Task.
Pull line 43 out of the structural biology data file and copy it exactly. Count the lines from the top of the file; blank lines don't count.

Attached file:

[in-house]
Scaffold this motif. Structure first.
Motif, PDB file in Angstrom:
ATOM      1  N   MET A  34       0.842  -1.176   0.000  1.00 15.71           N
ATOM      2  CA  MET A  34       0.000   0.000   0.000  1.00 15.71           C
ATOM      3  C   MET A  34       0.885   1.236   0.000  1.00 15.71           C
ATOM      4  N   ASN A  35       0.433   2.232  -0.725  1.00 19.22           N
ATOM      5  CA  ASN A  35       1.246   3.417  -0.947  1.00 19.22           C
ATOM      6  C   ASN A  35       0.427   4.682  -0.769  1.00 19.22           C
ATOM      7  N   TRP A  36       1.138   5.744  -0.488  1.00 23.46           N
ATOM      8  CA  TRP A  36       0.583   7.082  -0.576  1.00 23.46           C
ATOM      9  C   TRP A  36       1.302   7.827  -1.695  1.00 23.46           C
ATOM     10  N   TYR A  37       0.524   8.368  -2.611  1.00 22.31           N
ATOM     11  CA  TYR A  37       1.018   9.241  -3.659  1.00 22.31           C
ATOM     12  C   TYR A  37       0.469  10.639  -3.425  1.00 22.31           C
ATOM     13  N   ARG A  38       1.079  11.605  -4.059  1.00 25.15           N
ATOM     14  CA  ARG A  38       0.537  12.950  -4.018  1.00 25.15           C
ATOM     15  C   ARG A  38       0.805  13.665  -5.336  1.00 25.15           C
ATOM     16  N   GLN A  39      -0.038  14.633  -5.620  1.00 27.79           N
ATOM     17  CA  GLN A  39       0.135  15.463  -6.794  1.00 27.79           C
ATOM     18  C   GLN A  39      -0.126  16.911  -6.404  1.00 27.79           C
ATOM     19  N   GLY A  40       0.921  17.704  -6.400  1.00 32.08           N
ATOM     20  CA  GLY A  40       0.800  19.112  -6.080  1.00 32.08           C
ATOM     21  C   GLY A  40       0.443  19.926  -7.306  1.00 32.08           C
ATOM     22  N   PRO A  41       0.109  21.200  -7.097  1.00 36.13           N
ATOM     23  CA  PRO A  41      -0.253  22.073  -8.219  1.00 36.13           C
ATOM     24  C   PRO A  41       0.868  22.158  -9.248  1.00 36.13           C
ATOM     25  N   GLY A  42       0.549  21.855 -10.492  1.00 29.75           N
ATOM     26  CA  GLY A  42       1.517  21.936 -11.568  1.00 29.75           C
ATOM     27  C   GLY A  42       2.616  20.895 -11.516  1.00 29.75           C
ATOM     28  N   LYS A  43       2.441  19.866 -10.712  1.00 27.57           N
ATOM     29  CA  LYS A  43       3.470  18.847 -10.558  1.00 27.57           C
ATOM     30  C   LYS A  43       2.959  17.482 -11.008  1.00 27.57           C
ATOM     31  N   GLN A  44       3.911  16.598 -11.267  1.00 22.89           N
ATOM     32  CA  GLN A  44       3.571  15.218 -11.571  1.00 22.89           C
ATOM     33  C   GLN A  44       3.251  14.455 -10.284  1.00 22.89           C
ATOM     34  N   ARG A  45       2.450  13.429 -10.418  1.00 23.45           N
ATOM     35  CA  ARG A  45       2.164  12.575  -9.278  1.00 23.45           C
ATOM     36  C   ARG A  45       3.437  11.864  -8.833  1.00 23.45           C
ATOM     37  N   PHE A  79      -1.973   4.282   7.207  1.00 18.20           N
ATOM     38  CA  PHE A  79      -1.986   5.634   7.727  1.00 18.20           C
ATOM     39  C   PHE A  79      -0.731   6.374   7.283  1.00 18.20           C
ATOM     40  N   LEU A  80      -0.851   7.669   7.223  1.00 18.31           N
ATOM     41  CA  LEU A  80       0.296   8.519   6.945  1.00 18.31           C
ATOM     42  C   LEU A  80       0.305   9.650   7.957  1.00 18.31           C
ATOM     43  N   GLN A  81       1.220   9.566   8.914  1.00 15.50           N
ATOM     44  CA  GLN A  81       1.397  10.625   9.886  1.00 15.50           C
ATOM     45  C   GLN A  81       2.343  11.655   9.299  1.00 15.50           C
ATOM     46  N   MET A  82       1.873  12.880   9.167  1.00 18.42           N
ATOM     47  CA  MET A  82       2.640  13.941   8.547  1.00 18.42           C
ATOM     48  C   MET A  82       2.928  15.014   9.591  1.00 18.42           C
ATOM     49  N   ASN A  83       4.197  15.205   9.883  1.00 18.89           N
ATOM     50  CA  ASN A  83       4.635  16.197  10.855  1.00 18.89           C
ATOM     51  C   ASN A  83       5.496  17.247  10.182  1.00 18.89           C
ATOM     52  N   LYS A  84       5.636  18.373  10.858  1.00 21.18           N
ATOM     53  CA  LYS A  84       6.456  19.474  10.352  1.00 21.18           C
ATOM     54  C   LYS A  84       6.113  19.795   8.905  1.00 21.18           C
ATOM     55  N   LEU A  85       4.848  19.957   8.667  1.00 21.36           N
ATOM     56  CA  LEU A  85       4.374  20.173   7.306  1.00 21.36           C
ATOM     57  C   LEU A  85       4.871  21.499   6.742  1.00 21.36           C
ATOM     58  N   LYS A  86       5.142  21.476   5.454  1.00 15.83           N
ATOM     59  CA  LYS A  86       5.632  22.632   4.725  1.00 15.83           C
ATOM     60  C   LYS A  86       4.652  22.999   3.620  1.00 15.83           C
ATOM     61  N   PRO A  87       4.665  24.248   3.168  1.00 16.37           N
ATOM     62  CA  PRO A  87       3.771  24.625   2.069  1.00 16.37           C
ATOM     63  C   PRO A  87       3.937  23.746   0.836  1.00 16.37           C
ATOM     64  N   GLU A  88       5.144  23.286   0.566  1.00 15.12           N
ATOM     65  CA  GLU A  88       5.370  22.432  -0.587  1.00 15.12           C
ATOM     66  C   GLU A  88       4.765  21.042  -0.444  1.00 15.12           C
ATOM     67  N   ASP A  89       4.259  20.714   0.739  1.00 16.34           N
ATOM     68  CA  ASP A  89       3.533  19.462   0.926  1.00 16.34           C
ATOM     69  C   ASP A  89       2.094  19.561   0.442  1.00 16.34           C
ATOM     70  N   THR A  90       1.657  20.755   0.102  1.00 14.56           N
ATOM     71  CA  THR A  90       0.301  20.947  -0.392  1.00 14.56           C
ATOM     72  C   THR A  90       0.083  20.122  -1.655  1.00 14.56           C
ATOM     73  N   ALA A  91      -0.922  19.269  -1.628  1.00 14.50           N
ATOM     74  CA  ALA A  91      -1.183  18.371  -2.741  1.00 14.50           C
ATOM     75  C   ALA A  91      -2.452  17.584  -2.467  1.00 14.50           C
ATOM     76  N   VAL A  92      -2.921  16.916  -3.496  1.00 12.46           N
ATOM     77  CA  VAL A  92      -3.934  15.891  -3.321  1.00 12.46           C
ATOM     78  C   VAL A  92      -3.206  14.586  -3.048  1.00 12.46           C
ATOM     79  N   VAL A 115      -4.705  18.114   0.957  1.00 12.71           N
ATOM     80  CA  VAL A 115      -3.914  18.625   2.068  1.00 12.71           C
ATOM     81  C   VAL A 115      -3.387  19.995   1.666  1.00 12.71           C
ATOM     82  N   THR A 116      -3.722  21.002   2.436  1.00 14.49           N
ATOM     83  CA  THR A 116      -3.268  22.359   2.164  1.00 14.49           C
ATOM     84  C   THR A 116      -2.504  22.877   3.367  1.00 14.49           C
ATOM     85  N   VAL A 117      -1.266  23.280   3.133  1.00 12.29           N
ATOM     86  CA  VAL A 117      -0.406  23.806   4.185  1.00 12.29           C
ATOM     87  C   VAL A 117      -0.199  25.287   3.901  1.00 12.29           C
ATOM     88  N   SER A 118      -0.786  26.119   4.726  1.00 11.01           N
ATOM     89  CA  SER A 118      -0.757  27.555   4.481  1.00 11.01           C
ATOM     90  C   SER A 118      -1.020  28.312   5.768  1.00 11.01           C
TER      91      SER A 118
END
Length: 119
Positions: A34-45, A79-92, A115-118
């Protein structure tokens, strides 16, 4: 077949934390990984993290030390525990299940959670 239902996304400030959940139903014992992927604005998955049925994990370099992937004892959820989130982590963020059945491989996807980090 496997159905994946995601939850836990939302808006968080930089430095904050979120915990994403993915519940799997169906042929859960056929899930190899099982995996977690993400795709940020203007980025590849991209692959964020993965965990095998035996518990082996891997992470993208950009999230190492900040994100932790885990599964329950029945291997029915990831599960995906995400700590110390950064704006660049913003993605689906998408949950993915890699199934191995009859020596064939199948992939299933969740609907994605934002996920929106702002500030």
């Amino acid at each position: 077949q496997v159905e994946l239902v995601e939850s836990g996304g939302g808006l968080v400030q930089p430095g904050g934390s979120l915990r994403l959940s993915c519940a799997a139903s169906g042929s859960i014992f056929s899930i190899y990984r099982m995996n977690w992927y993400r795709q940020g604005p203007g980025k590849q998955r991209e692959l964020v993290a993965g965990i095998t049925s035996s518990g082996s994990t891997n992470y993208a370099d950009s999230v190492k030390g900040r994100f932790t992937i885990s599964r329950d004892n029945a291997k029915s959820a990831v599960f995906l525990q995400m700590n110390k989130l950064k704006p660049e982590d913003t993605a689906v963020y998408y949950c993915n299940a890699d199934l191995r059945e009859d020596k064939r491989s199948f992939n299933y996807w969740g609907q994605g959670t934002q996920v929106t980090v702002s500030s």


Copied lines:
ATOM     40  N   LEU A  80      -0.851   7.669   7.223  1.00 18.31           N